A few days ago, our friends at National Review Online editorialized against the so-called “People’s Rights Amendment,” which is an attempt to overturn the Supreme Court’s holding in the Citizens United case, a holding that is anathema to the President and many of his supporters.  Matt Franck has found for us the text of the amendment , which he rightly characterizes as “the worst idea the left has had in many a moon,” though, to be sure, it has lots of competition.

Let me join the chorus by making explicit a consideration that I think is implicit in the objections raised thus far.  Amog the associations that would be denied any sort of constitutional status by this proposed amendment are churches.  It’s hard to see how my individual freedom of religion could mean anything significant apart from my ability to congregate with others called to corporate worship.  Now, I know that corporate bodies of worshippers are subject now to all sorts of incidental governmental regulations, that the freedom of religion is not (and ought not to be) absolute.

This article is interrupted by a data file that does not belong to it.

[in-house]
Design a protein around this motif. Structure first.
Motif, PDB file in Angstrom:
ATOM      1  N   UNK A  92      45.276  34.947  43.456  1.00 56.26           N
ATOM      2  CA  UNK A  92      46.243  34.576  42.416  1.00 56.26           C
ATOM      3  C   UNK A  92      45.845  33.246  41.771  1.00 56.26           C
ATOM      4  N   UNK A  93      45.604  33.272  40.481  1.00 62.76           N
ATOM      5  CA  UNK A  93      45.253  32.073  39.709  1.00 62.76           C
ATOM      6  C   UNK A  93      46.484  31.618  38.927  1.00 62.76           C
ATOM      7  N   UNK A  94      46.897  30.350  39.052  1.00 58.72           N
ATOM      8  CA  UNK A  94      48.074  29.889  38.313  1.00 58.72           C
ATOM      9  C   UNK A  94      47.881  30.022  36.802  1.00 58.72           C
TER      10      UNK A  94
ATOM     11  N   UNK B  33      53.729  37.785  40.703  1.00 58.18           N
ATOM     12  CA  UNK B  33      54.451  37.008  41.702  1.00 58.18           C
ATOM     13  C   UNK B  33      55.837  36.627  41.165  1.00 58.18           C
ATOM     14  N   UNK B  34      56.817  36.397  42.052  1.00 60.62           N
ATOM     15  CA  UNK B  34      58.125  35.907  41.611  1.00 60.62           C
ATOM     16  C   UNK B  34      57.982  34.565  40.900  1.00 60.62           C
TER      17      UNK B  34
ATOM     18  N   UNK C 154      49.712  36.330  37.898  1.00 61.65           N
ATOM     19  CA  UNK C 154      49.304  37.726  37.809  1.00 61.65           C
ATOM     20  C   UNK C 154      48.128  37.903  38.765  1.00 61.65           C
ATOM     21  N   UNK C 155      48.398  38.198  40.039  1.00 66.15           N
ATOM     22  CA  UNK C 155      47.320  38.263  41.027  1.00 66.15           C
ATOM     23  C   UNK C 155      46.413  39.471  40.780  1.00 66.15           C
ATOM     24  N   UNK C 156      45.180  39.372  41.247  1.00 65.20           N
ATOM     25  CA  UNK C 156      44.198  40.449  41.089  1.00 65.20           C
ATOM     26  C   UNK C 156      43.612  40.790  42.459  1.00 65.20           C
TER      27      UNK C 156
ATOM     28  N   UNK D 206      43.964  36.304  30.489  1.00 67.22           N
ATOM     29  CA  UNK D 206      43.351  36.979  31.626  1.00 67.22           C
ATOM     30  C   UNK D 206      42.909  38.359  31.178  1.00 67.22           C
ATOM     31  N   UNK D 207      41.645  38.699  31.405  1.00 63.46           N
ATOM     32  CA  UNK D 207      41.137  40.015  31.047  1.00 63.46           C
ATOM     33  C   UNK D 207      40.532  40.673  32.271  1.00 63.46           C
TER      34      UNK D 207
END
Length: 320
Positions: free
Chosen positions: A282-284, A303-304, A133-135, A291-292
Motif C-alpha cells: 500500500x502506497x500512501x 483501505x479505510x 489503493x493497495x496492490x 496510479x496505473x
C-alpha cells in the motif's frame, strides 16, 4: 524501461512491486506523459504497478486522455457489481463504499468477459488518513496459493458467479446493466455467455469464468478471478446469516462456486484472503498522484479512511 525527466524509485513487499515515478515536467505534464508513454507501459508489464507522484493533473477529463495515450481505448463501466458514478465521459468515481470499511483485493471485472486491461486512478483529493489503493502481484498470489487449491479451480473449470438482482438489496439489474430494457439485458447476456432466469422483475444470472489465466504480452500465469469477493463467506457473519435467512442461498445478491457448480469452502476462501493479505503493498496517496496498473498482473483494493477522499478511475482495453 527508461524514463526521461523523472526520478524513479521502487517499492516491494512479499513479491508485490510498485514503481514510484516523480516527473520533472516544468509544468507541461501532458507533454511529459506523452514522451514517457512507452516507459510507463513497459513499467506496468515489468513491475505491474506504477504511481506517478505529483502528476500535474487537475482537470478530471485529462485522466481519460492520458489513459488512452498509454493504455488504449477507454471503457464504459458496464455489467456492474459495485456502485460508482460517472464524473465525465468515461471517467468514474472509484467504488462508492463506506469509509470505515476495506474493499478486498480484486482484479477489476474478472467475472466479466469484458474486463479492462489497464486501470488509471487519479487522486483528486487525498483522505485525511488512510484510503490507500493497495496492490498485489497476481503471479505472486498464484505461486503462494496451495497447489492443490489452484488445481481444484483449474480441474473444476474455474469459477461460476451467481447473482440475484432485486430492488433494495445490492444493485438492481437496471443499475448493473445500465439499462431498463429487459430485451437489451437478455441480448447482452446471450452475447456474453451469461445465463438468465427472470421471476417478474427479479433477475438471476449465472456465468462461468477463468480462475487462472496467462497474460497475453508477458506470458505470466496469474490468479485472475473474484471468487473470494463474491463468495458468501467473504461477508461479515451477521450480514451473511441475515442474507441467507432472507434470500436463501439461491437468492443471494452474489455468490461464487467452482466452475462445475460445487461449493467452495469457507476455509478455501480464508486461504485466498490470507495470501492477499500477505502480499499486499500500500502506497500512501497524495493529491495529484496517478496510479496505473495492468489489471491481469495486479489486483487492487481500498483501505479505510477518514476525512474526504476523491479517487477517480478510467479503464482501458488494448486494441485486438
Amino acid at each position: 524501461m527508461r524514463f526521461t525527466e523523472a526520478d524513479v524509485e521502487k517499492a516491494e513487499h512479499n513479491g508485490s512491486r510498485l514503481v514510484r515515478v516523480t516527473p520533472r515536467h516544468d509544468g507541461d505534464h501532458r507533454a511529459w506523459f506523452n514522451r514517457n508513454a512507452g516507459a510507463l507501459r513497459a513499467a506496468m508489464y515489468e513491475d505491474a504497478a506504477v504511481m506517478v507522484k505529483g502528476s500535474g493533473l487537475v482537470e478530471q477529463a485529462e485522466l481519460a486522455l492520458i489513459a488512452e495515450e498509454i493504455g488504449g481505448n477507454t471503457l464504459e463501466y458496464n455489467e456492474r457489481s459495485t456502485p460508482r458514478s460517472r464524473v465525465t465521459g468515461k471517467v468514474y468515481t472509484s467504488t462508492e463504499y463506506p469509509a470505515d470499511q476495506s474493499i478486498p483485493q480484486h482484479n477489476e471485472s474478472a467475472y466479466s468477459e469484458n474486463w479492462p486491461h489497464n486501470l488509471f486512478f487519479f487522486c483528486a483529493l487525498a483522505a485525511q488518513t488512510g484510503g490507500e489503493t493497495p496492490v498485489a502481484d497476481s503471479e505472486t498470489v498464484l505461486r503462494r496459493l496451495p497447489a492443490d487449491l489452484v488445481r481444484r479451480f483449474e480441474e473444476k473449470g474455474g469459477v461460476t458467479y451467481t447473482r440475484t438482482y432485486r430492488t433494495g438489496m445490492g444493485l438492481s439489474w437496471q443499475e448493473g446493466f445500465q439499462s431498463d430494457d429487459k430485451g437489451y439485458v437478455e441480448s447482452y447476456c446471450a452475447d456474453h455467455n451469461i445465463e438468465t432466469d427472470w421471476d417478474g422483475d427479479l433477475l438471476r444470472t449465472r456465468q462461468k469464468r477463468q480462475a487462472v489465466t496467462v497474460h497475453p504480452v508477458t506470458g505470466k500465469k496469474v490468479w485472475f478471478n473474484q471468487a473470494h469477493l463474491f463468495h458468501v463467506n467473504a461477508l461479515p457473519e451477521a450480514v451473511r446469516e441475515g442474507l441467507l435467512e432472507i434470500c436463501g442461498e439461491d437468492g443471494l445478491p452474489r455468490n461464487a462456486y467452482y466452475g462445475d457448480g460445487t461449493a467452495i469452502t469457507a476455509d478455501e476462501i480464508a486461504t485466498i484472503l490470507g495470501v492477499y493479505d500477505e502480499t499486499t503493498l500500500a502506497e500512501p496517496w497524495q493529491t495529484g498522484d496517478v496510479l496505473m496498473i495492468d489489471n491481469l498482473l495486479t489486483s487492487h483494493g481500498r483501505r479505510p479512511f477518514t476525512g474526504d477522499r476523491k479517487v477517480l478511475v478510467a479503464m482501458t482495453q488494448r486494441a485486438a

But imagine a world in which once I step outside the privacy of my closet, my corporate religious behavior is entirely subject to government regulation.  Imagine, for example, how Hosanna-Tabor would have been decided.

Actually, it doesn’t require much of an imagination.  All we have to do is look at Vanderbilt University   . . . and China .

Well, alright, I am perhaps exaggerating.  It’s quite likely that voters would display enough good sense not to prmit governments to exercise that sort of  comprehensive regulatory power.  We should rely more on a vigilant citizenry than on a court whose membership depends upon the whims of presidents and whose opinions are all too often attuned  to cosmopolitan (and secular) elites.  But the first act of vigilance is to prevent the enactment of a measure whose (perhaps unintended) consequences are potentially so far-reaching.

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